• Nipple discharge that is pus (thick green or yellow) or bloody
  • Your child looks or acts very sick
  • You think your child needs to be seen, and the problem is urgent

Contact Doctor Within 24 Hours

  • Red area or red lump
  • You think your child needs to be seen, but the problem is not urgent

Contact Doctor During Office Hours

  • Breast lump. Exception: lump right under the areola; most likely a breast bud.
  • Nipple discharge. Exception: normal milky discharge in newborn.
  • Newborn breast buds last more than 6 months
  • Breast buds or tissue with onset before 8 years old. Exception: during the newborn period.
  • Age 13 or older with no breast buds or breast tissue
  • Breast tissue only on 1 side lasts more than 3 months
  • You have other questions or concerns

Self Care at Home

  • Normal breast buds in a newborn
  • Milky discharge from nipples in a newborn
  • Normal breast buds and onset of puberty (age 8 or later)
  • Breast bud or tissue only on 1 side

Care Advice for Breast Symptoms - Child

Normal Breast Buds in a Newborn

  1. What You Should Know:
    • Breast buds are always normal in newborns.
    • Swollen breasts are present during the first week of life in many girl and boy babies. The nipple area is always firm.
    • Cause: the passage of the mother's hormones across the placenta.
    • Normal course: swollen breasts can last for 2 to 4 weeks. In breast-fed babies, some breast swelling can last for 6 months.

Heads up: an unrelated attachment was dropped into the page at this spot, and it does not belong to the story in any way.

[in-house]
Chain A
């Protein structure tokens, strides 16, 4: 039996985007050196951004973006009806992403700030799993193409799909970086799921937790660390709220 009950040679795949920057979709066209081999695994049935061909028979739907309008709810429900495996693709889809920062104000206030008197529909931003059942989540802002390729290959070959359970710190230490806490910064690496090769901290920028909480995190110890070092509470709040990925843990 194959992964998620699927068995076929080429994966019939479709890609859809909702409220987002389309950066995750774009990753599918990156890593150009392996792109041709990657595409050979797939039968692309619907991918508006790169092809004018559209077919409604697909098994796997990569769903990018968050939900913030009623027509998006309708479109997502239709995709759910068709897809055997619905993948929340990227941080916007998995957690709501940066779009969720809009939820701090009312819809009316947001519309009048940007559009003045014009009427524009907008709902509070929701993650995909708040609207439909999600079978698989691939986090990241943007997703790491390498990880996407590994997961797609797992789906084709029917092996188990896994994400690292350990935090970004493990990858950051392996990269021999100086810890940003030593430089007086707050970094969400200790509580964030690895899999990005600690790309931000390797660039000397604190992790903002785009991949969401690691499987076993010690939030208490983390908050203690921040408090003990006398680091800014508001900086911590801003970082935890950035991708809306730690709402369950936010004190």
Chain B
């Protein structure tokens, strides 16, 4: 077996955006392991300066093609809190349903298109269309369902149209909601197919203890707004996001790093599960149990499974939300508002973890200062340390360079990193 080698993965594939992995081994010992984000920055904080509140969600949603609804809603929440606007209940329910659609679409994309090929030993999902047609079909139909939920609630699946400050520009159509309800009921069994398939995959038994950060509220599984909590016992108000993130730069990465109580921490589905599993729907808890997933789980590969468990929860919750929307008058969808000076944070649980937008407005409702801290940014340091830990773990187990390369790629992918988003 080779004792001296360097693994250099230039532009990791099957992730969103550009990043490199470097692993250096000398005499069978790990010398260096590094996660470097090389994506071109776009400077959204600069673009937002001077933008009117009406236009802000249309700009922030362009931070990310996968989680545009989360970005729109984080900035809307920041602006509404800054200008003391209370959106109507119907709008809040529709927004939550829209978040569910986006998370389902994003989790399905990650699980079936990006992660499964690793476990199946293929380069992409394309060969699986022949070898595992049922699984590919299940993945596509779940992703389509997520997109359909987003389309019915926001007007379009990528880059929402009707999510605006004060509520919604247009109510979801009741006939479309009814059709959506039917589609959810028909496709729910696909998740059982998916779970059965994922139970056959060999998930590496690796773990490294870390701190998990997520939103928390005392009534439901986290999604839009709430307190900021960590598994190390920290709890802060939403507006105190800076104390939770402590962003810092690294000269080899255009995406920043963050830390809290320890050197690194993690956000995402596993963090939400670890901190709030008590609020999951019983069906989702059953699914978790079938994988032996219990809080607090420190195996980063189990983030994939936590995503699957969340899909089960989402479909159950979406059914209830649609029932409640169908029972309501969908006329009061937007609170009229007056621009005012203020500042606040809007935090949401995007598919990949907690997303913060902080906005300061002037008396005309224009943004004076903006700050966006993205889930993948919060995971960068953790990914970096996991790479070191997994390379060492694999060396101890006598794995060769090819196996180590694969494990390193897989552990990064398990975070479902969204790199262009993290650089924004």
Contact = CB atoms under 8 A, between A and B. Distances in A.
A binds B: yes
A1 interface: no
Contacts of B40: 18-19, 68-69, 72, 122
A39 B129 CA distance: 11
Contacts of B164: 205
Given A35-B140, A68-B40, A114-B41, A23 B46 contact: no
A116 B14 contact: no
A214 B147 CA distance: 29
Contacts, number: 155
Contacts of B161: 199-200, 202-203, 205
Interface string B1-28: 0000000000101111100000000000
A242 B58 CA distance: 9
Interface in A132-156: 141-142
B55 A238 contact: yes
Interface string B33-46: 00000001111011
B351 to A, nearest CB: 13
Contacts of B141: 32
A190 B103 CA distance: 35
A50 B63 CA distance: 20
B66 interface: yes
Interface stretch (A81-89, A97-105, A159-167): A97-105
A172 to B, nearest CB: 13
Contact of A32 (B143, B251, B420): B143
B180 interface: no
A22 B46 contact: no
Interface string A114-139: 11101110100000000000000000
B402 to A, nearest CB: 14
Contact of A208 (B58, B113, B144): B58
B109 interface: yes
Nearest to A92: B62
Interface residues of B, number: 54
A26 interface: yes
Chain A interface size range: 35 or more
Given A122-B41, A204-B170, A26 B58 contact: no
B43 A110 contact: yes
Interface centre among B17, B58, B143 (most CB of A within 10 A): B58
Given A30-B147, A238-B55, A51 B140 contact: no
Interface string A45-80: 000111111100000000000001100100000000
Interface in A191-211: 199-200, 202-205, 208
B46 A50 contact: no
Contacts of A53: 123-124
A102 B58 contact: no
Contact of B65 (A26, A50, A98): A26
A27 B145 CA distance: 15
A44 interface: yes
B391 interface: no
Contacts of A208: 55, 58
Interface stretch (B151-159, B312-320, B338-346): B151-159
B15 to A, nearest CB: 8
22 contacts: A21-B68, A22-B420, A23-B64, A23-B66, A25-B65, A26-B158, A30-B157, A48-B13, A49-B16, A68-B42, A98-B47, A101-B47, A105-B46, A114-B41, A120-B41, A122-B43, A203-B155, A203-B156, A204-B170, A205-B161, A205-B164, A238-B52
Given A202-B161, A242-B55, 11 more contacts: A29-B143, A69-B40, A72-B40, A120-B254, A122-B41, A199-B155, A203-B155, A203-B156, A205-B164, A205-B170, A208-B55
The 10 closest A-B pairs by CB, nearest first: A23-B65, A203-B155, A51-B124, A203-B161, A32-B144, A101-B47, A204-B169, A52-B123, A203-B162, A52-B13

• Caution: Never squeeze or massage the breast or nipple. Reason: this can cause a serious infection that needs antibiotics.
  2. Call Your Doctor If:
    • Redness or red streaks occur
    • Fever occurs
    • Swelling lasts more than 6 months
    • You think your child needs to be seen

Normal Milky Discharge from Nipples in a Newborn

  1. What You Should Know:
    • Swollen breasts are present during the first week of life in many girl and boy babies. The nipple area is always firm.
    • Cause: the passage of the mother's hormones across the placenta.
    • Newborn milk: sometimes, the nipples leak a few drops of milkish discharge. This is normal and can last a few weeks. Rarely lasts longer.
    • Normal course: swollen breasts can last for 2 to 4 weeks. In breast-fed babies, some breast swelling can last for 6 months.
    • Caution: Never squeeze or massage the breast or nipple. Reason: this can cause a serious infection that needs antibiotics.